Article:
Paul was not the only one to know that. Those who loved Paul believed it too. Paul says they know “that I am put here for the defense of the gospel” (v. 16). His “defense” could reach right to the leaders of the Roman Empire. For that to happen, it was vital Paul was not forgotten and that the message of Christianity spread. Their preaching would achieve both and therefore help Paul move forward in his God-appointed purpose.

These were the preachers motivated by love. Not all were like that.

There were others who also preached the gospel but their motives were bad.

Paul says these preachers are motivated by “envy and rivalry” (v. 15), driven by “selfish ambition” (v. 17). They are insincere and suppose, he writes, “that they can stir up trouble for me while I am in chains” (v. 17).

Are there any excusable reasons why this second category of preachers would seek to cause trouble for Paul? Perhaps, for example, they thought it was God’s plan for authorities and powers to rise up against all Christians, maybe seeing martyrdom as a glorious end for every person of true faith. Ideas like that have driven groups and sects down the centuries right until the present day. Or might they blame Paul for lack of faith, that his acceptance of his present circumstances was weakness, and that a true apostle would overcome all opposition, walk out of prison, and continue to proclaim victory over all obstacles through Jesus Christ? (A very poor interpretation of how Peter was set free from prison in Jerusalem, as told in Acts 12, could be skewed to support that idea.)

But excuses like those don’t fit. The motive of this other group of preachers isn’t about martyrdom or triumphalism. Paul is explicit that envy and rivalry motivate them to make trouble for him while he is imprisoned. They’re driven by desires for prestige, power and position. They want recognition, so they’re trying to demote Paul and promote themselves.

Paul was out of the way. There was a leadership gap. That can happen in any kind of organization: political parties, golf clubs, universities, and even churches. An opening appears, and people who hardly did anything useful for years are suddenly galvanized into action. They take on any and every job, build strategic friendships, and maneuver themselves into a place of power. If a past leader or another leader still holds people’s affections, they’ll criticize or condemn that person. The super-ambitious will do whatever it takes to get to the front.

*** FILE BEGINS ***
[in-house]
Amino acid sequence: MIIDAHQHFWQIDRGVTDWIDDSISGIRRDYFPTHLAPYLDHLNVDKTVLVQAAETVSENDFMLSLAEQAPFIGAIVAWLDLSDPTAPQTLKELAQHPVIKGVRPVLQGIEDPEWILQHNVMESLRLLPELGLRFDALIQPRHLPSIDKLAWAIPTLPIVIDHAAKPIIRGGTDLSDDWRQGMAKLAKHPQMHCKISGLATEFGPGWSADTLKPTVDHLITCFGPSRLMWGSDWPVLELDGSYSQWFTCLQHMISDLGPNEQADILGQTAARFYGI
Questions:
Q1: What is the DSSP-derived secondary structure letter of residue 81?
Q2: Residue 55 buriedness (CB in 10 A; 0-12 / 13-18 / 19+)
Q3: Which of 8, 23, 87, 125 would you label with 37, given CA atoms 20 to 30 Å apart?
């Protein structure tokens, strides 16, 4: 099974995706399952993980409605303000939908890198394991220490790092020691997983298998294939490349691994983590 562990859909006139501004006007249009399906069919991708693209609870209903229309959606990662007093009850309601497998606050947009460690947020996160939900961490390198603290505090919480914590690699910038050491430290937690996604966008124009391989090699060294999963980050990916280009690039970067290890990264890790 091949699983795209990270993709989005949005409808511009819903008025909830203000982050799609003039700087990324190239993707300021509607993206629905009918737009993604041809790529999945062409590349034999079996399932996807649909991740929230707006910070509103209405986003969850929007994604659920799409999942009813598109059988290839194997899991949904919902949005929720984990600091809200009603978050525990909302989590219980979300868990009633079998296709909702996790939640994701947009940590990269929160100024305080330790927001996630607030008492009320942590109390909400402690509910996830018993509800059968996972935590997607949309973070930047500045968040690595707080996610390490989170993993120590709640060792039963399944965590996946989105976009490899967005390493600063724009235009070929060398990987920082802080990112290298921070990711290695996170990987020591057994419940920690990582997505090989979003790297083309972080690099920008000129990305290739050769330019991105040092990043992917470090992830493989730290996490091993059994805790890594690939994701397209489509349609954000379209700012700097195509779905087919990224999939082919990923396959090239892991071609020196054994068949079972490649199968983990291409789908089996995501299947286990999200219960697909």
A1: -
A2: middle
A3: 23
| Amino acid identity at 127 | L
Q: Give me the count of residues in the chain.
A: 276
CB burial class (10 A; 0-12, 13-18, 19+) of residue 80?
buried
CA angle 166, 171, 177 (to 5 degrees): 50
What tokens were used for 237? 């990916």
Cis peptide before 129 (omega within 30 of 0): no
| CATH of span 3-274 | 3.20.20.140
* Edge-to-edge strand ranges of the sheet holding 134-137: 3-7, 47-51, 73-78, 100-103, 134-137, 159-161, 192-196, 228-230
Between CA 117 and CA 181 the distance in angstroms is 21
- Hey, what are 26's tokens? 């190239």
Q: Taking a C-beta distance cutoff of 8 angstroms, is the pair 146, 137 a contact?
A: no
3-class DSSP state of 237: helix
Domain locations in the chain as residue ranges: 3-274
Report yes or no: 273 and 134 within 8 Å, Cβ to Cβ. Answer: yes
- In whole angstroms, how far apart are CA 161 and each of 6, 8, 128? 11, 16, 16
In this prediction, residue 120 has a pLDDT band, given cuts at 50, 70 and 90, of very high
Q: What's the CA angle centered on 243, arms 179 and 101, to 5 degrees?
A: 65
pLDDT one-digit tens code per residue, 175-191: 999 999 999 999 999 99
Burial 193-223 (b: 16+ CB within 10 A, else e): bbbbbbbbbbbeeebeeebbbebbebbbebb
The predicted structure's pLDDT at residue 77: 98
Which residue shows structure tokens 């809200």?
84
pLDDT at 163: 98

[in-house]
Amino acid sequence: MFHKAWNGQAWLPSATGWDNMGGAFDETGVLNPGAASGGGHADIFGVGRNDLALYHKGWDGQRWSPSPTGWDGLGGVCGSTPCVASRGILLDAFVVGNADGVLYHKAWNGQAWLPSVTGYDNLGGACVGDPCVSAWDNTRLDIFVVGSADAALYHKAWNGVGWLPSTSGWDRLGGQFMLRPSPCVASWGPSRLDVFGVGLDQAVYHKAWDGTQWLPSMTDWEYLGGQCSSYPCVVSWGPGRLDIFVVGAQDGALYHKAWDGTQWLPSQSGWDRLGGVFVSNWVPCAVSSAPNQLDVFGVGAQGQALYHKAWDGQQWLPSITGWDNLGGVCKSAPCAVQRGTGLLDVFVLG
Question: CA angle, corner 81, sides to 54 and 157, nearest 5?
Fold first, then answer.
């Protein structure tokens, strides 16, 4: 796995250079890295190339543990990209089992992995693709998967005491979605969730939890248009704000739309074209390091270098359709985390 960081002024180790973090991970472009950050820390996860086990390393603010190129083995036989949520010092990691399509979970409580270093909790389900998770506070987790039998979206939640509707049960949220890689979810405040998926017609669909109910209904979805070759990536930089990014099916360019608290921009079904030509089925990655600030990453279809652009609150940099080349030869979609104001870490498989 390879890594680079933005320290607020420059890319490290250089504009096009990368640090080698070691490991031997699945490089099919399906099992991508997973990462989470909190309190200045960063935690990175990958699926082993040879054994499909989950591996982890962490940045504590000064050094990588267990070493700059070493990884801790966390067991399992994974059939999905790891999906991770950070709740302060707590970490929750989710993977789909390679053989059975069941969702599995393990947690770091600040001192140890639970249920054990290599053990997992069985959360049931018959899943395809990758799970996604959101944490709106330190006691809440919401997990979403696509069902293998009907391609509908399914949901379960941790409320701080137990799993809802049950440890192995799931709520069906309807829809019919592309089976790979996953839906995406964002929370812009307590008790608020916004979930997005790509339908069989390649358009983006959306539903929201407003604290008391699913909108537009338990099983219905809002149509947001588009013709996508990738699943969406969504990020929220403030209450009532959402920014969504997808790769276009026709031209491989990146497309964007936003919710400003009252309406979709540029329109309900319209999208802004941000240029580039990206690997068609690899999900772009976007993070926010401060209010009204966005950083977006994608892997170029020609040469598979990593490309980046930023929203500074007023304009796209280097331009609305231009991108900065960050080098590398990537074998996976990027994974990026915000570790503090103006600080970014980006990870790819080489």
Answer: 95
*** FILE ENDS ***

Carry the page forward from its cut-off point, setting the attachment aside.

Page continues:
Paul faced people like that. How could it not be disappointing, frustrating, and infuriating to be held captive – in chains for Christ – and know there were people out there preaching with a motive to elevate themselves and sideline Paul forever?

Paul may have been disappointed and frustrated, but there are no signs he was infuriated. Instead, somehow, he managed to rejoice.

Why he was able to do that is one of two major lessons in these words to the Philippians.

First, lesson number one: honesty compels us to admit there are people who do really bad things, and some of them are Christians.

The bad preachers Paul talks about aren’t bad accidentally. They’re not doing something which has unintentional side effects. They’re doing something precisely designed to hurt Paul. They want to stir up trouble. They want to harm him.

“They can’t be Christians if they do that,” we’re tempted to say. That would be plausible, except Paul never says it. He could have done. He could have described these bad preachers as Judaizers or heretical enemies who would delight to diminish his leadership among Christians. But Paul never suggests they’re outside the faith. He denounces their motivation, but never their standing as Christians.

The hard truth is that Christians can do very bad things.

• Who would have thought pastors and priests could have adulterous relationships or abuse children?
• Who would have thought a senior church leader could begin sexual relations with his daughter when she was just seven years old, and continue that relationship for many years after?
• Who would have thought a parent would tell their child: “I hate you and wish you had never been born”?
• Who would have thought a church treasurer would steal the offerings given by the congregation?
• Who would have thought money given to a Christian charity to feed the poor in famine-stricken areas of the world would have been siphoned off by one of the charity’s officers into a private account?